[excerpt] In Gillo Pontecorvo’s landmark 1966 film, the French colonial city of Algiers strikes a dramatic posture, split in two by a fortified barrier administered by imperial forces.1
The cordon sanitaire between the European quarter and the ‘native’ qasba partitions the disciplined spaces of the colonial city, setting apart what appear to the moviegoer as materializations of radically different concepts and histories of urban design, planning and sociality. This enforced physical and cultural incommensurability between ‘white town’ and ‘black town’ encapsulates a powerful stereotype that inflects urban history research on a range of empires, places and times.2
The paradigmatic image of the racially partitioned colonial city has been dismantled in recent scholarship on British India as more a figure of political desire on the part of colonial administrators than an accurate description of urban cultural geography.3
Mounting evidence of the ‘dual city’ model’s limitations provides an opportunity to reconsider to what extent colonial urbanism constituted a coherent set of ideas and practices. The current essay surveys several recent books on modern South Asian urban history that represent, perhaps, the first wave of a major emerging field in the historiography of the region.4 All of these works provide rich material for considering the transformation of cities there during the colonial period. Rather than describing a fixed material form or attributing unified instrumentality to the making and governance of cities, it develops a thematic and descriptive account of trends that shaped urban worlds in the colonial subcontinent. These dynamics suggest that urbanism in colonial South Asia was fundamentally about spatial segregation of populations.
- 1. G. Pontecorvo, director of La battaglia di Algeri [The Battle of Algiers] (Italy, 1966).
- 2. On boundaries in French colonial cities in North Africa, see J. Abu-Lughod, Rabat: Urban Apartheid in Morocco (Princeton, 1980) and P. Rabinow, ‘Techno-cosmopolitanism: governing Morocco’ in P. Rabinow, French Modern: Norms and Forms of the Social Environment (Chicago, 1995), 277–319. See also J. Abu-Lughod, ‘Tale of two cities: the origins of modern Cairo’, Comparative Studies in Society and History, VII, 4 (1965), 429–57. For classic elaborations of the ‘dual city’ model, see S. J. Lewandowski, ‘Urban growth and municipal development in the colonial city of Madras, 1860–1900’, Journal of Asian Studies, XXXIV, 2 (1975), 341–60 and S. M. Neild, ‘Colonial urbanism: the development of Madras City in the eighteenth and nineteenth centuries’, Modern Asian Studies, XIII, 2 (1979), 217–46.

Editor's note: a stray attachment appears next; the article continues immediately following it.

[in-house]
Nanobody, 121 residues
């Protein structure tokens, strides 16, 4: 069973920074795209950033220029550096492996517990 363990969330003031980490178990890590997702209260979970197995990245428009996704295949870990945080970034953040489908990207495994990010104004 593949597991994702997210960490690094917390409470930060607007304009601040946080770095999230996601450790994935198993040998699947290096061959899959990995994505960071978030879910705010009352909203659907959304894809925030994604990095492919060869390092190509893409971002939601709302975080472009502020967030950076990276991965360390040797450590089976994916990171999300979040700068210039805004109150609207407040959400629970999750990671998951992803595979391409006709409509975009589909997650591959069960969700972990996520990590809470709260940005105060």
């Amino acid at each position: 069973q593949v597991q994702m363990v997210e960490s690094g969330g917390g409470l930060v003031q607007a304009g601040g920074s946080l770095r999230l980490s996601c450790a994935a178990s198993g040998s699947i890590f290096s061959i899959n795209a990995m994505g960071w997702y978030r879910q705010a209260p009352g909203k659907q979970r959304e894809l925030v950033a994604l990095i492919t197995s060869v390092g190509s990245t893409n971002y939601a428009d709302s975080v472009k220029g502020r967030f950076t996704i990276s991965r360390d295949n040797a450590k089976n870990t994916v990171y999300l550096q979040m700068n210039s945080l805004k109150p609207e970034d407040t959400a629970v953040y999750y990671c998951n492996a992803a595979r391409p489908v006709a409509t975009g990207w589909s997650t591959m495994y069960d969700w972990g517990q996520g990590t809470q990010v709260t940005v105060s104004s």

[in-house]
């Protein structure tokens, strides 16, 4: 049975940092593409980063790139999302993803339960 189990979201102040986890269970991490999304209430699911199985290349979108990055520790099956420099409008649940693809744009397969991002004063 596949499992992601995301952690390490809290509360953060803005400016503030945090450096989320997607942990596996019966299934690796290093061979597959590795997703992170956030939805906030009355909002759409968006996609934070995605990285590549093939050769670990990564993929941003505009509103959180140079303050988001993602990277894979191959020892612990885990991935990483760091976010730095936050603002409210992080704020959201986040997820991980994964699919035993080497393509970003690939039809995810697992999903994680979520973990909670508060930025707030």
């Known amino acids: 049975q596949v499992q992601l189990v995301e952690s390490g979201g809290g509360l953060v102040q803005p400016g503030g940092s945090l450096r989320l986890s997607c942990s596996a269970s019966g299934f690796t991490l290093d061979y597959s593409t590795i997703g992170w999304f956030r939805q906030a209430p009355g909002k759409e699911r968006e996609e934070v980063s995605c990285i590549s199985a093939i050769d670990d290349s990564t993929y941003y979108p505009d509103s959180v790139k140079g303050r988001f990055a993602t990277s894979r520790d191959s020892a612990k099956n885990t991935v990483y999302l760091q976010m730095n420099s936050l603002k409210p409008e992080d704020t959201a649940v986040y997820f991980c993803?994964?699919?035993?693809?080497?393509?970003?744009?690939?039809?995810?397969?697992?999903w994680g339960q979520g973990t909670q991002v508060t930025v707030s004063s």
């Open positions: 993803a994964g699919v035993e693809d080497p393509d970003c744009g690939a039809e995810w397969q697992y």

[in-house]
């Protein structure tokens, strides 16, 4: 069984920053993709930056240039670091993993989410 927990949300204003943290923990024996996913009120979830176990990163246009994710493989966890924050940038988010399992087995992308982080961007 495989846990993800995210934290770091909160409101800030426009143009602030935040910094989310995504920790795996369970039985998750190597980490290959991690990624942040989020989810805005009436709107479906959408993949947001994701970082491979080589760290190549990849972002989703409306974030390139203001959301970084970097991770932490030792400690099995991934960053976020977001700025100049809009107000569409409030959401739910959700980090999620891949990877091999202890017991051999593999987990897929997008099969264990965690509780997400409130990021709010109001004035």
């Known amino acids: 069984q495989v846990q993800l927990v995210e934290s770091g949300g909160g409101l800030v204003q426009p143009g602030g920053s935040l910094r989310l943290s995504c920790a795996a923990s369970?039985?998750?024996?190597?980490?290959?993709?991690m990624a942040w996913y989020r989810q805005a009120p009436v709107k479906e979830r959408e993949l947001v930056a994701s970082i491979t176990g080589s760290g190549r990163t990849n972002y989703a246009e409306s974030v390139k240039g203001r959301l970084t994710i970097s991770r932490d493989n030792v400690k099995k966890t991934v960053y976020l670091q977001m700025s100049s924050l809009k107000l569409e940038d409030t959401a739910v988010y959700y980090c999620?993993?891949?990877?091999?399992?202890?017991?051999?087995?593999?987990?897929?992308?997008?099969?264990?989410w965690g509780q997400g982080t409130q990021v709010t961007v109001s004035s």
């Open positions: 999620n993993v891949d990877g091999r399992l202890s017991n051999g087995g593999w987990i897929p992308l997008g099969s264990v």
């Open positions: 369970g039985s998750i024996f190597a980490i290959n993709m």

- 3. See especially S. Chattopadhyay, Representing Calcutta: Modernity, Nationalism, and the Colonial Uncanny (London, 2005).
- 4. I consider in detail the following books: Chattopadhyay, op. cit.; W. J. Glover, Making Lahore Modern: Constructing and Imagining a Colonial City (Minneapolis, 2007); S. Hazareesingh, The Colonial City and the Challenge of Modernity: Urban Hegemonies and Civic Contestations in Bombay City 1900–1925 (New Delhi, 2007); P. Kidambi, The Making of an Indian Metropolis: Colonial Governance and Public Culture in Bombay, 1890–1920 (Aldershot, 2007); and S. Legg, Spaces of Colonialism: Delhi’s Urban Governmentalities (Malden, MA, 2007). Other works that fit within the emerging canon of modern South Asian urban history include J. Nair, The Promise of the Metropolis: Bangalore’s Twentieth Century (New Delhi, 2005); J. Hosagrahar, Indigenous Modernities: Negotiating Architecture and Urbanism (London, 2005); G. Prakash, Mumbai Fables (Princeton, 2010); P. Chopra, A Joint Enterprise: Indian Elites and the Making of British Bombay (Minneapolis, 2011); and N. R. Rao, House But No Garden: Apartment Living in Bombay’s Suburbs, 1898–1964 (Minneapolis, forthcoming).